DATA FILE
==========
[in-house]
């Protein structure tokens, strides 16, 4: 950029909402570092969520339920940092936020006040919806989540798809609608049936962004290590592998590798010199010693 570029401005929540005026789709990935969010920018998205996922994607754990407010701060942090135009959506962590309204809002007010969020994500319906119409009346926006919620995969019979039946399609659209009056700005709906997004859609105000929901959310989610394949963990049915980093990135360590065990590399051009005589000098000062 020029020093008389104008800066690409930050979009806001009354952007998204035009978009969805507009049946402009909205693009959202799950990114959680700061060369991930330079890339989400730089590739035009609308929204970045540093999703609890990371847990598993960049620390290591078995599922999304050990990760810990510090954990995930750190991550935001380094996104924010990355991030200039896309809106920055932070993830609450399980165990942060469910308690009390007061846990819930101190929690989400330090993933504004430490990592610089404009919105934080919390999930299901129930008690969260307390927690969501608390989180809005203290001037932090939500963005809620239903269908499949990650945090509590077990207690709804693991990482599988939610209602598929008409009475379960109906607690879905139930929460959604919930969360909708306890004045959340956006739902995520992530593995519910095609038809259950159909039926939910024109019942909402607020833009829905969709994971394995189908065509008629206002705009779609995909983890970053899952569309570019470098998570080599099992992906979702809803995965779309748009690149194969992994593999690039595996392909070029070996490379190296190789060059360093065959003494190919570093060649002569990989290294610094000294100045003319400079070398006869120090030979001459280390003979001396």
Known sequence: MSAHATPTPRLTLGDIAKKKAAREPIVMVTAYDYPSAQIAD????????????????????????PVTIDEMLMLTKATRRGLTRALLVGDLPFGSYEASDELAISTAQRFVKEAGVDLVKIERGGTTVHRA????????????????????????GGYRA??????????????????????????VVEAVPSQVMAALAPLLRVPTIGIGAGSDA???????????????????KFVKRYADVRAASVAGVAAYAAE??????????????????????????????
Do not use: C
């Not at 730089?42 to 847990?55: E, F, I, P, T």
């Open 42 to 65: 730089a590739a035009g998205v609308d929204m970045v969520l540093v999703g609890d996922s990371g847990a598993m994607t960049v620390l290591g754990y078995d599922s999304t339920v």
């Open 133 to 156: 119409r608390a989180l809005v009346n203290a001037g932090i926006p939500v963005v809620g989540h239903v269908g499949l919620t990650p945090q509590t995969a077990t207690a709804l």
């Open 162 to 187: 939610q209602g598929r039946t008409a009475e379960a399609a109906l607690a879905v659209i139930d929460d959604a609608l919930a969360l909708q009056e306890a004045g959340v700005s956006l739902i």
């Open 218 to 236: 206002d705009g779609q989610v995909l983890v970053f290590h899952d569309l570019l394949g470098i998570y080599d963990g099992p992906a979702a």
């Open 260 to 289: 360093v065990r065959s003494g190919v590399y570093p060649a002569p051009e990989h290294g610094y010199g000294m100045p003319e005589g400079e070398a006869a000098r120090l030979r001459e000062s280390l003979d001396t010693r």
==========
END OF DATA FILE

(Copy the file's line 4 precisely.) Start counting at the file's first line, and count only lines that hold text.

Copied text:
Do not use: C